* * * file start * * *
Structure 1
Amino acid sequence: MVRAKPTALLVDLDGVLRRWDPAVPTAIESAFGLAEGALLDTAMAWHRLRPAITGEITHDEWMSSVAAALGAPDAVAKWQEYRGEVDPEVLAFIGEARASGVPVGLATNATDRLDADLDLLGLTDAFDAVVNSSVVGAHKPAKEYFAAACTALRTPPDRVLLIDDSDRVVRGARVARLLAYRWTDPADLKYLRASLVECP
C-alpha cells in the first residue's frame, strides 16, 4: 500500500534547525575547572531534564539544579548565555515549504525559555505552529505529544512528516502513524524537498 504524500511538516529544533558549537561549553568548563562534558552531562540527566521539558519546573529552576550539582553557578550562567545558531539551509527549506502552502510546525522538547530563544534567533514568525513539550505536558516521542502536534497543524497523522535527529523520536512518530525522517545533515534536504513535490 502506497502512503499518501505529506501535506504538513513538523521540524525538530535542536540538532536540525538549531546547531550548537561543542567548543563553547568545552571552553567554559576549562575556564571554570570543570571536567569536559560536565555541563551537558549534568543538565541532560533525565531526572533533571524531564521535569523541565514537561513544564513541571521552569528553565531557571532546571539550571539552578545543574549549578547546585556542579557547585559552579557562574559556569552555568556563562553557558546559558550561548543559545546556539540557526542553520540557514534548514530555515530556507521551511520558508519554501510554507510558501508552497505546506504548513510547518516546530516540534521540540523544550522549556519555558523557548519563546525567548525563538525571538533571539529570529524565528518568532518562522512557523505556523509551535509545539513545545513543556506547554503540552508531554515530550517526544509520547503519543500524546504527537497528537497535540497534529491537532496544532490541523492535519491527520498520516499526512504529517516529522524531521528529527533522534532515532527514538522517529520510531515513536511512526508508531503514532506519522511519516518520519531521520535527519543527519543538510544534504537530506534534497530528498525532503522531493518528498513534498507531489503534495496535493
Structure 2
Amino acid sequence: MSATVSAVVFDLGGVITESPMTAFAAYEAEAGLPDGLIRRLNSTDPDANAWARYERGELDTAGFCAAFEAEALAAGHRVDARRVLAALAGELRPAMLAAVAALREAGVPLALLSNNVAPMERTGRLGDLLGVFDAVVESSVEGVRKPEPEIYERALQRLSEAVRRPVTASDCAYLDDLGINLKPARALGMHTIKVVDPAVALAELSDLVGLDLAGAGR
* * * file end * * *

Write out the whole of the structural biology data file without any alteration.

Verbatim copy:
Structure 1
Amino acid sequence: MVRAKPTALLVDLDGVLRRWDPAVPTAIESAFGLAEGALLDTAMAWHRLRPAITGEITHDEWMSSVAAALGAPDAVAKWQEYRGEVDPEVLAFIGEARASGVPVGLATNATDRLDADLDLLGLTDAFDAVVNSSVVGAHKPAKEYFAAACTALRTPPDRVLLIDDSDRVVRGARVARLLAYRWTDPADLKYLRASLVECP
C-alpha cells in the first residue's frame, strides 16, 4: 500500500534547525575547572531534564539544579548565555515549504525559555505552529505529544512528516502513524524537498 504524500511538516529544533558549537561549553568548563562534558552531562540527566521539558519546573529552576550539582553557578550562567545558531539551509527549506502552502510546525522538547530563544534567533514568525513539550505536558516521542502536534497543524497523522535527529523520536512518530525522517545533515534536504513535490 502506497502512503499518501505529506501535506504538513513538523521540524525538530535542536540538532536540525538549531546547531550548537561543542567548543563553547568545552571552553567554559576549562575556564571554570570543570571536567569536559560536565555541563551537558549534568543538565541532560533525565531526572533533571524531564521535569523541565514537561513544564513541571521552569528553565531557571532546571539550571539552578545543574549549578547546585556542579557547585559552579557562574559556569552555568556563562553557558546559558550561548543559545546556539540557526542553520540557514534548514530555515530556507521551511520558508519554501510554507510558501508552497505546506504548513510547518516546530516540534521540540523544550522549556519555558523557548519563546525567548525563538525571538533571539529570529524565528518568532518562522512557523505556523509551535509545539513545545513543556506547554503540552508531554515530550517526544509520547503519543500524546504527537497528537497535540497534529491537532496544532490541523492535519491527520498520516499526512504529517516529522524531521528529527533522534532515532527514538522517529520510531515513536511512526508508531503514532506519522511519516518520519531521520535527519543527519543538510544534504537530506534534497530528498525532503522531493518528498513534498507531489503534495496535493
Structure 2
Amino acid sequence: MSATVSAVVFDLGGVITESPMTAFAAYEAEAGLPDGLIRRLNSTDPDANAWARYERGELDTAGFCAAFEAEALAAGHRVDARRVLAALAGELRPAMLAAVAALREAGVPLALLSNNVAPMERTGRLGDLLGVFDAVVESSVEGVRKPEPEIYERALQRLSEAVRRPVTASDCAYLDDLGINLKPARALGMHTIKVVDPAVALAELSDLVGLDLAGAGR